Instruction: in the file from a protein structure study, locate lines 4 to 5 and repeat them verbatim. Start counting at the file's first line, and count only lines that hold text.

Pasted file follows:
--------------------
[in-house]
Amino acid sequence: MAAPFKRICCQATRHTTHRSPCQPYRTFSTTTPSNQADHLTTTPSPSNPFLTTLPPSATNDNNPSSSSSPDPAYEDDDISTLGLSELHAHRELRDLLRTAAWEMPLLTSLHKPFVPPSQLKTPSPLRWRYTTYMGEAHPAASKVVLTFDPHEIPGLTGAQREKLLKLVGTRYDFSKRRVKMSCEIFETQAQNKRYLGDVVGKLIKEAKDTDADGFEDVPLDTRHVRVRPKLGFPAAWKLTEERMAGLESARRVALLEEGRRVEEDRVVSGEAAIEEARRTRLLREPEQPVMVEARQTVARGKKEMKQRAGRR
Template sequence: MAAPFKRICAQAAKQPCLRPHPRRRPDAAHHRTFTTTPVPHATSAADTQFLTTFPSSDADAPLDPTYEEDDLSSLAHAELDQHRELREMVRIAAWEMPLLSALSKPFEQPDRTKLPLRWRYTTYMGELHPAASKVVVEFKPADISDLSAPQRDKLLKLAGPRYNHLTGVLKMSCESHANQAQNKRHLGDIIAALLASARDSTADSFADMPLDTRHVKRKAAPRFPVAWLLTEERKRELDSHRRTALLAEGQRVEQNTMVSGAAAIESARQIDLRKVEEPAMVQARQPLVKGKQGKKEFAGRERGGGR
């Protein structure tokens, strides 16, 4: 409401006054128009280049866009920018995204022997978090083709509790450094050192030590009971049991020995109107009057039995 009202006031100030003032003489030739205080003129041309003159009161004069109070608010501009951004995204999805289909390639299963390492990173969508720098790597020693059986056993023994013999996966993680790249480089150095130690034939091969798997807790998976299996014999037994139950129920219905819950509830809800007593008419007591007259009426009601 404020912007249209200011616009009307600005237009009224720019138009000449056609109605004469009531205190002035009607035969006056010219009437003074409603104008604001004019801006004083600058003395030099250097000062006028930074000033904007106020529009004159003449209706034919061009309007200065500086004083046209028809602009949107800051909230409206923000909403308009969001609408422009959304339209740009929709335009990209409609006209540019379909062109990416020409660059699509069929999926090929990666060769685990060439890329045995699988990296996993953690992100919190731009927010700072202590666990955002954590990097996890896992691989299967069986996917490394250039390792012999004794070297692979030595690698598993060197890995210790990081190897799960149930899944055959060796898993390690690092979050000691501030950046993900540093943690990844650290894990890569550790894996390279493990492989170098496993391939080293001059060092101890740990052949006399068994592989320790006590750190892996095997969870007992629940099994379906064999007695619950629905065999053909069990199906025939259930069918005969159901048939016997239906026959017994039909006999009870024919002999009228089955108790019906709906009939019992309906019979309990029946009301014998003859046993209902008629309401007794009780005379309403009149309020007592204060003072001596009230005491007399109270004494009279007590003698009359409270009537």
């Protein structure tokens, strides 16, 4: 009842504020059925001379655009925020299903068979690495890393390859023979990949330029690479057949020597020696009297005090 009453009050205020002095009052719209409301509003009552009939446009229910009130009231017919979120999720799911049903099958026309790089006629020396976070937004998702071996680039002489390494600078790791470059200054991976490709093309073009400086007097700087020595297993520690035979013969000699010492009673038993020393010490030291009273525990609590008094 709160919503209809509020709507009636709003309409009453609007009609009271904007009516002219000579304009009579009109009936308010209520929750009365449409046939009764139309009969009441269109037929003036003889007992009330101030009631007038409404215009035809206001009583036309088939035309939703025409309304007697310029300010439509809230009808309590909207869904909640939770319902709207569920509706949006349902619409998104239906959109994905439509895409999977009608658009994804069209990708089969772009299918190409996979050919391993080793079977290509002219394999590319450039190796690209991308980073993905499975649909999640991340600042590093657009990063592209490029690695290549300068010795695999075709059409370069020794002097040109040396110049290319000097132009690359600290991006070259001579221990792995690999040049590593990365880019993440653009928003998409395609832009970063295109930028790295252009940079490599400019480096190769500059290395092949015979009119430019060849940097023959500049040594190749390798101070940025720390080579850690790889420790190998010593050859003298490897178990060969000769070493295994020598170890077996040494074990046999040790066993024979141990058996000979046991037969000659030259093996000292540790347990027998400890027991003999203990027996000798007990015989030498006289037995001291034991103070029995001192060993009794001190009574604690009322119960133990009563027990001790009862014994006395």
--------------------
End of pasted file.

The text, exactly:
């Protein structure tokens, strides 16, 4: 409401006054128009280049866009920018995204022997978090083709509790450094050192030590009971049991020995109107009057039995 009202006031100030003032003489030739205080003129041309003159009161004069109070608010501009951004995204999805289909390639299963390492990173969508720098790597020693059986056993023994013999996966993680790249480089150095130690034939091969798997807790998976299996014999037994139950129920219905819950509830809800007593008419007591007259009426009601 404020912007249209200011616009009307600005237009009224720019138009000449056609109605004469009531205190002035009607035969006056010219009437003074409603104008604001004019801006004083600058003395030099250097000062006028930074000033904007106020529009004159003449209706034919061009309007200065500086004083046209028809602009949107800051909230409206923000909403308009969001609408422009959304339209740009929709335009990209409609006209540019379909062109990416020409660059699509069929999926090929990666060769685990060439890329045995699988990296996993953690992100919190731009927010700072202590666990955002954590990097996890896992691989299967069986996917490394250039390792012999004794070297692979030595690698598993060197890995210790990081190897799960149930899944055959060796898993390690690092979050000691501030950046993900540093943690990844650290894990890569550790894996390279493990492989170098496993391939080293001059060092101890740990052949006399068994592989320790006590750190892996095997969870007992629940099994379906064999007695619950629905065999053909069990199906025939259930069918005969159901048939016997239906026959017994039909006999009870024919002999009228089955108790019906709906009939019992309906019979309990029946009301014998003859046993209902008629309401007794009780005379309403009149309020007592204060003072001596009230005491007399109270004494009279007590003698009359409270009537």
């Protein structure tokens, strides 16, 4: 009842504020059925001379655009925020299903068979690495890393390859023979990949330029690479057949020597020696009297005090 009453009050205020002095009052719209409301509003009552009939446009229910009130009231017919979120999720799911049903099958026309790089006629020396976070937004998702071996680039002489390494600078790791470059200054991976490709093309073009400086007097700087020595297993520690035979013969000699010492009673038993020393010490030291009273525990609590008094 709160919503209809509020709507009636709003309409009453609007009609009271904007009516002219000579304009009579009109009936308010209520929750009365449409046939009764139309009969009441269109037929003036003889007992009330101030009631007038409404215009035809206001009583036309088939035309939703025409309304007697310029300010439509809230009808309590909207869904909640939770319902709207569920509706949006349902619409998104239906959109994905439509895409999977009608658009994804069209990708089969772009299918190409996979050919391993080793079977290509002219394999590319450039190796690209991308980073993905499975649909999640991340600042590093657009990063592209490029690695290549300068010795695999075709059409370069020794002097040109040396110049290319000097132009690359600290991006070259001579221990792995690999040049590593990365880019993440653009928003998409395609832009970063295109930028790295252009940079490599400019480096190769500059290395092949015979009119430019060849940097023959500049040594190749390798101070940025720390080579850690790889420790190998010593050859003298490897178990060969000769070493295994020598170890077996040494074990046999040790066993024979141990058996000979046991037969000659030259093996000292540790347990027998400890027991003999203990027996000798007990015989030498006289037995001291034991103070029995001192060993009794001190009574604690009322119960133990009563027990001790009862014994006395």